24 Overview: Musical instruments
How do musical instruments work? How can they take a seemingly unmusical input- like a pluck, the buzz of a reed or the scratch of horsehair against a metal string- and turn the input into musical sound? Why are there families of instruments (like violins, violas, cellos and basses) that sound similar? Why do larger musical instruments make generally lower pitches? Why do musical instruments almost always produce several frequencies at once, rather than pure tone?
This part of the book explores how musicians control the properties of simple systems like strings and columns of air to control the pitch of the sounds they produce. New concepts- natural frequency, standing waves and resonance- go a long way to explaining many of the questions in the previous paragraph. Two physical systems commonly used in musical instruments- strings and air columns- will be explored in detail.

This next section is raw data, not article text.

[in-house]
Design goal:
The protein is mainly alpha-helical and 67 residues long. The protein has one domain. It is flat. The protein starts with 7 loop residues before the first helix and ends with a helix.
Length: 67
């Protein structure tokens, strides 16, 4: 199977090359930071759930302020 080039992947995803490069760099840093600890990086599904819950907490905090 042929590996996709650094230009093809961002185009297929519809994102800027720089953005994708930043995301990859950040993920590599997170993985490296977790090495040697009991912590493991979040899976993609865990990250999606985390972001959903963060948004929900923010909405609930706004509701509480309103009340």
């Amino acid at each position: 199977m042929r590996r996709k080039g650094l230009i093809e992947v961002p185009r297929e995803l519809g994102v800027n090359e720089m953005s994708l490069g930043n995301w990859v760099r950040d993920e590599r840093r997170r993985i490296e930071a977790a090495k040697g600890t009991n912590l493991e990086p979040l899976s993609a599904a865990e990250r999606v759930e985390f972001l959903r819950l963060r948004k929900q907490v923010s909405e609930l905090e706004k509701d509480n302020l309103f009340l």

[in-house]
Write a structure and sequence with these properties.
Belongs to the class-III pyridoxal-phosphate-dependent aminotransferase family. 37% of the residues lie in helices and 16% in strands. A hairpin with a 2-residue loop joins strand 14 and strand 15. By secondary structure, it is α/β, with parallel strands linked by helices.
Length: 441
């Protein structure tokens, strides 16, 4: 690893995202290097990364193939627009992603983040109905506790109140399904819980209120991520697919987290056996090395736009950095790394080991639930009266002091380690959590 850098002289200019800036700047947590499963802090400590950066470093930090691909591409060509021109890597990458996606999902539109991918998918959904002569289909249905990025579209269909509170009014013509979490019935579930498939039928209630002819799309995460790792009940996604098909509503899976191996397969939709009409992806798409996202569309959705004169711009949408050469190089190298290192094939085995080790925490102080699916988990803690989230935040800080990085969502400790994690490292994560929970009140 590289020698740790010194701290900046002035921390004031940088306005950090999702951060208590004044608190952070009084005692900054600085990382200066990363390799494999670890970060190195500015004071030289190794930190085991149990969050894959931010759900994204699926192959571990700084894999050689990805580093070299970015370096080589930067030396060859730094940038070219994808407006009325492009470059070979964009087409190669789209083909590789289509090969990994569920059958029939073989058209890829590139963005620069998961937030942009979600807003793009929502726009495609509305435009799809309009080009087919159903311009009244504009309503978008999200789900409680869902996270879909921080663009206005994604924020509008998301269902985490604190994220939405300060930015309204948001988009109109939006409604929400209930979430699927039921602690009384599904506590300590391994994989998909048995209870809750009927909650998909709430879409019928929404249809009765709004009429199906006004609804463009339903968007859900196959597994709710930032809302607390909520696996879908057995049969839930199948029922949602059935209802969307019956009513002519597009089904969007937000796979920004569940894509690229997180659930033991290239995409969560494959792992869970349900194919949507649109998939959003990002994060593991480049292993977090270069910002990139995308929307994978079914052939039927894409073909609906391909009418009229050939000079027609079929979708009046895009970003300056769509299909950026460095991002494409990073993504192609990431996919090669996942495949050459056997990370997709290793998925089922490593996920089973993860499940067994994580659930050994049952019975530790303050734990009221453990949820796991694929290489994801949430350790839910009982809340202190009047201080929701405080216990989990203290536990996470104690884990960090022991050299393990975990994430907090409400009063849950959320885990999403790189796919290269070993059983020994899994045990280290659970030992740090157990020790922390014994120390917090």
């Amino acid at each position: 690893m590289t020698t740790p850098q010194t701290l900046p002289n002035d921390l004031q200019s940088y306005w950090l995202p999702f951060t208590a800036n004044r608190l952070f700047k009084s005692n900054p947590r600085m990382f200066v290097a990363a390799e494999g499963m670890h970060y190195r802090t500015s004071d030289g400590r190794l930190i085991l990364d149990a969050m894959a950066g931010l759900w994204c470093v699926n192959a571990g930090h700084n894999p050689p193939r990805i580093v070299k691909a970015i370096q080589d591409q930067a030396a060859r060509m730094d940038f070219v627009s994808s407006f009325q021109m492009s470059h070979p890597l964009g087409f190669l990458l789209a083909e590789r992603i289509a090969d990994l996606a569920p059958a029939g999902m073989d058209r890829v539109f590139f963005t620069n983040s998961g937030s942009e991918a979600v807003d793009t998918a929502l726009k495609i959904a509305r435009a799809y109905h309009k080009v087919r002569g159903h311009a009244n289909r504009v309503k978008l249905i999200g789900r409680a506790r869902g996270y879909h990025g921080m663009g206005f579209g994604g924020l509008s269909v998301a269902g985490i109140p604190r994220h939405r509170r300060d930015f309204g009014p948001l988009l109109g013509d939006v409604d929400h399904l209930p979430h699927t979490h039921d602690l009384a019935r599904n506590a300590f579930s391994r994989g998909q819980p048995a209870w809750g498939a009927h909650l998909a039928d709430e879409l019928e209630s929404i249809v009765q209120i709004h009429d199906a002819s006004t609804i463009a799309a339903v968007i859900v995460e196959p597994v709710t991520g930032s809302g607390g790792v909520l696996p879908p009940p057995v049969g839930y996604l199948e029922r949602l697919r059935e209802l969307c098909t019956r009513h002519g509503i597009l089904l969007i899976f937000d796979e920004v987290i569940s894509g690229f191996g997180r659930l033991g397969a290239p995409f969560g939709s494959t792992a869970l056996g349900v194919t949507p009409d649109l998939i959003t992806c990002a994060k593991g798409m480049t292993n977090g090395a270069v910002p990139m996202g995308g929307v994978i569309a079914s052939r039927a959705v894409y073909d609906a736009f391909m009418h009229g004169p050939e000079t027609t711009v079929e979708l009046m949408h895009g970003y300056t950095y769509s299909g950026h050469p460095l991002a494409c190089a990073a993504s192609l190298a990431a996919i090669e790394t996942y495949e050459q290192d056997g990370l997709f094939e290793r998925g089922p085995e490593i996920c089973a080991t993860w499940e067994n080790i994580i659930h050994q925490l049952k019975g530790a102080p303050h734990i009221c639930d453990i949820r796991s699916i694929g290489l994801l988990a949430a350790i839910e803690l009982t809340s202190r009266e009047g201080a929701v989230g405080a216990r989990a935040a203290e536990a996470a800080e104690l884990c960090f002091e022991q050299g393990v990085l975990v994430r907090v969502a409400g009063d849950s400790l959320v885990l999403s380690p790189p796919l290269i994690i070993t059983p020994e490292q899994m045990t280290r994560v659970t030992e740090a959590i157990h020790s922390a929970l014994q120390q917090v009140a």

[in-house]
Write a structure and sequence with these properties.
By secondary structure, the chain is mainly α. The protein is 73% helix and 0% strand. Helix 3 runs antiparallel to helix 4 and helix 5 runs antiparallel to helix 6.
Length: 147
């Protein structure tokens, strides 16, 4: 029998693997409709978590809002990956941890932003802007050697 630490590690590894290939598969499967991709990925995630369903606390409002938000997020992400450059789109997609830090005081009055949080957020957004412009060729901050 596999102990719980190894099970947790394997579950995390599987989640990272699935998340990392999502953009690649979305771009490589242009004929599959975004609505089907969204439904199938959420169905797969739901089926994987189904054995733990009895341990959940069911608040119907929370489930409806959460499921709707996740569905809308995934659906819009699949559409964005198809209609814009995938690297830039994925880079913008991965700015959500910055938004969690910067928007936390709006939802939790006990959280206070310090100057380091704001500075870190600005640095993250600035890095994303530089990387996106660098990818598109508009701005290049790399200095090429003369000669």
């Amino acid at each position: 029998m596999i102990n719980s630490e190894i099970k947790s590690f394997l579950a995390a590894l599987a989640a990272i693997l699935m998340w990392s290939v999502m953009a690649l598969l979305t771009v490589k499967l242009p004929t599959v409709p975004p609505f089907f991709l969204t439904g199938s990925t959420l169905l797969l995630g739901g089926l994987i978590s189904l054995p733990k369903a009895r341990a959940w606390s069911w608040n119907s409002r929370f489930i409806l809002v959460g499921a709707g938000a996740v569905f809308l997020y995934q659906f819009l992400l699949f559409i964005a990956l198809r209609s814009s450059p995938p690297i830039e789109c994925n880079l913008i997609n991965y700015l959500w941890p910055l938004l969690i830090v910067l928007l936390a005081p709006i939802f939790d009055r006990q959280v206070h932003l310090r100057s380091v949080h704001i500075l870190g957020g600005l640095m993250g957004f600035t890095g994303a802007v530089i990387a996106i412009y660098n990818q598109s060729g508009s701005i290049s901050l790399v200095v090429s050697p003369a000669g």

This chapter builds on the key relationship among frequency, wavelength and wave speed (), with wavelength playing the central role.
Musical Instruments: Learning Objectives
- Explain the connection between instrument size and the frequencies of sound produced.
- Describe a standing wave. Define node and antinode.
- Use a standing waves model to explain how string instruments control pitch
- Use a standing waves model to explain how wind instruments control pitch
- Use standing wave model to explain the presence of overtones in musical sounds
- Use standing waves model to solve problems related to string instruments and wind instruments.
- Explain the relationship between forced vibrations and resonance.
- Describe relationship between resonance and standing waves.
- Distinguish between resonant and non-resonant amplification
- Describe a Helmholtz resonator and describe difference between Helmholtz resonator and air column.